Those that know me best know that in the last year, I have been hard at work producing a show called Michigan Gone Wild. I have had the opportunity to learn so many things that come with the outdoor industry and also the world of videography. But few know the amount of stress that comes with the job that doesn’t even pay at this point. The deadlines and endless work outside of a full time job I already have, is exhausting. Don’t get me wrong, I truly enjoy what I do. And until just a couple days ago, it has never been more prevalent.
I went on a Steelhead fishing trip with fellow Michigan Gone Wild co-founder Jordan Kettlewell and his father Al Kettlewell. This was supposed to be a combination of filming and taking photos. To be honest, it was mostly about getting the rust off our elbows while trying not to lose too much tackle. We were pinched for time and had to get everything done within four hours. But I also wanted to fish too. I was determined to get the job done.
Shortly after setting foot in the water, I began capturing our day through the lens of my DSLR. I would ever so often put the camera down to throw my line through a couple holes, with no luck. I took a couple more photos of Jordan and Al. In the midst of taking photos, I stopped to take in the scenery. The calm and cool morning came to life as the sun began to pierce through the trees. It was at that point I witnessed river art in its truest form. Indulged in the moment of the river, Jordan whipped his line across his body, folded his TFO rod over and threw the fly to a hole up stream. Even in real life motion, that scene was so picturesque; it looked as if it had poured out of an Ernest Hemmingway novel. I realized this wasn’t simply a fishing trip. It was a moment in time. We were simply a ripple in a stream that has carved the landscape for hundreds of years. This outside looking in experience was truly captivating in the sense that I was witnessing a bond between father and son. This was their moment; I was there only to capture it.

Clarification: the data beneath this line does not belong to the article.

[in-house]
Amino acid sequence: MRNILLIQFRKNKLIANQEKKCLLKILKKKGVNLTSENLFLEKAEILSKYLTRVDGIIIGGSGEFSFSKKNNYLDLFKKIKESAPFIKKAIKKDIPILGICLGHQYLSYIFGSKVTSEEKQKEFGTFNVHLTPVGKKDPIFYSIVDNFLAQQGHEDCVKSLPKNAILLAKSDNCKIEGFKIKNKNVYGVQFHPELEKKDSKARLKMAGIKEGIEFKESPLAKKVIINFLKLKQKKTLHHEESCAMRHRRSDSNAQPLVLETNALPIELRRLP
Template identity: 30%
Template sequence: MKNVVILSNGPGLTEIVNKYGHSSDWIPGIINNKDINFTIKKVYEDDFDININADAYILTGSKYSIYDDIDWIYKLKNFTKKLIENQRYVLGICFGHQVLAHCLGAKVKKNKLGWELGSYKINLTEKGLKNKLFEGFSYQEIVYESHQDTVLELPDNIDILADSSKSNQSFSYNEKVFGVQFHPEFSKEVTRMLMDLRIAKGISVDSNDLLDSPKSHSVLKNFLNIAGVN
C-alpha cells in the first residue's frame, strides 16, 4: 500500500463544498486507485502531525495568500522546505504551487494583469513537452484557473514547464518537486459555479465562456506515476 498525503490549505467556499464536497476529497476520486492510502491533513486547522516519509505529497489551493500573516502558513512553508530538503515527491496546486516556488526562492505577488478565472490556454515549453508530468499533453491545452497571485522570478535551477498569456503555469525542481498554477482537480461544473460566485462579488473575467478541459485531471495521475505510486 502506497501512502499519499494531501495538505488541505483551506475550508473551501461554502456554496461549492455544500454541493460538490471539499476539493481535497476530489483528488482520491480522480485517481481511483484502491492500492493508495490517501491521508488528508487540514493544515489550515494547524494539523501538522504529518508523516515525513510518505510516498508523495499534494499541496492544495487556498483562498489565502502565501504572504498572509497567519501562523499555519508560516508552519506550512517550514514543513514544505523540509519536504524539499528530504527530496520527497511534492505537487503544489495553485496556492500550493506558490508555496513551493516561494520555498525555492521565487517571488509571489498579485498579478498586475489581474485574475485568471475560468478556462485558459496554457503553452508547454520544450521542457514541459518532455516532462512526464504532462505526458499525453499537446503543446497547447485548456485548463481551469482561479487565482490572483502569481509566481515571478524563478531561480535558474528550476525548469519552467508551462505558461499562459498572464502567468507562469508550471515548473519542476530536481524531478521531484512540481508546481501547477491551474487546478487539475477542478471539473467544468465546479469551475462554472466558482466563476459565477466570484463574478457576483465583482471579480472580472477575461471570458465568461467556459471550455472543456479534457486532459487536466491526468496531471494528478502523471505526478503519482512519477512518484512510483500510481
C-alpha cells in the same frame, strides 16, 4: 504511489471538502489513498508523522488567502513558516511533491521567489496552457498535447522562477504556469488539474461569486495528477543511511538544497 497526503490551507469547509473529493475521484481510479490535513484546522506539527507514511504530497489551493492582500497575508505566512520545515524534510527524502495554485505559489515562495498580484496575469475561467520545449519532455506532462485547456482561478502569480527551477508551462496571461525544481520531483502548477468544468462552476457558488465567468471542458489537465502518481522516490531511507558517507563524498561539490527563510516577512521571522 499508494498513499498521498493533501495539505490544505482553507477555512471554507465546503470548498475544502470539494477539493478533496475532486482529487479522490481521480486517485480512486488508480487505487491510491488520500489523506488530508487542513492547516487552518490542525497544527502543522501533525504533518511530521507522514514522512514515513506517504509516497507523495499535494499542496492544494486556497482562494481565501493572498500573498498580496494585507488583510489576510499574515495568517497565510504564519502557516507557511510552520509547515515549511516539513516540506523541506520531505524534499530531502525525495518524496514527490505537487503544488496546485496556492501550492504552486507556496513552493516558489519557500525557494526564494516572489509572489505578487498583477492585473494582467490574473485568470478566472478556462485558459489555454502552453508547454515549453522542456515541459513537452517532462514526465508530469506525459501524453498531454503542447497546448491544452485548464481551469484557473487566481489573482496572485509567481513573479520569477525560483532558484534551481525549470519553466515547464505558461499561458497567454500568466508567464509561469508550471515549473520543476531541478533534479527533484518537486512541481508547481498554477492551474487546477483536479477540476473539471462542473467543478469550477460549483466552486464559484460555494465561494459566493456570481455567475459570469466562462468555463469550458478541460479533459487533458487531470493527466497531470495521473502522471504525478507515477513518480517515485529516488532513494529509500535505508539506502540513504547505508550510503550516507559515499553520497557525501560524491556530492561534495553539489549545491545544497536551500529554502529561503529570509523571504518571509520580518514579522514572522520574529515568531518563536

I continued to capture the day, knowing even the sharpest image could not do it justice. I caught myself reminiscing moments I have had with my father on the river. I remembered trips to the Sturgeon River when I was a boy. My dad taught my brother and me how to fish and shared stories he had from long ago. Much of them from the same rivers he would take us to. If not obvious before, it was then. My Father, much like Al to Jordan, was not just teaching us to fish, but was teaching us about life. You see, much like life, a river is untamed. It moves through the land as it pleases. It can be destructive, yet can also create and sustain life. We as fisherman, like humans to life, are simply visitors. We take and give back during our time, but we do not stay forever. This is beautiful in the sense that even with such minute time in this world or on a river, we can make a difference. Our impact, both positive and negative is evident long after we are gone. It is up to us to decide whether we are to use our time for good or bad.
These are the teachings of our fathers and grandfathers. Jordan and I were taught by our fathers, just as they were taught by theirs. This is the cycle of life. We come and go, we learn and we teach. We live and love until our presence is no longer needed. It’s not our body that lasts forever; it’s our impact on others and our knowledge and wisdom. Just like Jordan has begun doing with his four boys, I too will pass what I have learned on to my children. Hopefully while on a river, with a fly rod in hand.
As we wrapped up for the day, I couldn’t help but look at the river just one last time. I can certainly say there were pictures that I did not get. But maybe those images are best kept for my own memory. Just as Jordan had his moments with the river, I also had mine. I firmly believe a day on a river can relieve stress, as it did for me that day. It reminded me of my goals and purpose. I left motivated, cleansed and anxious to return. Out of the many, that was one of my best days on a river. God willing, I plan to have a lot more. Stay Wild!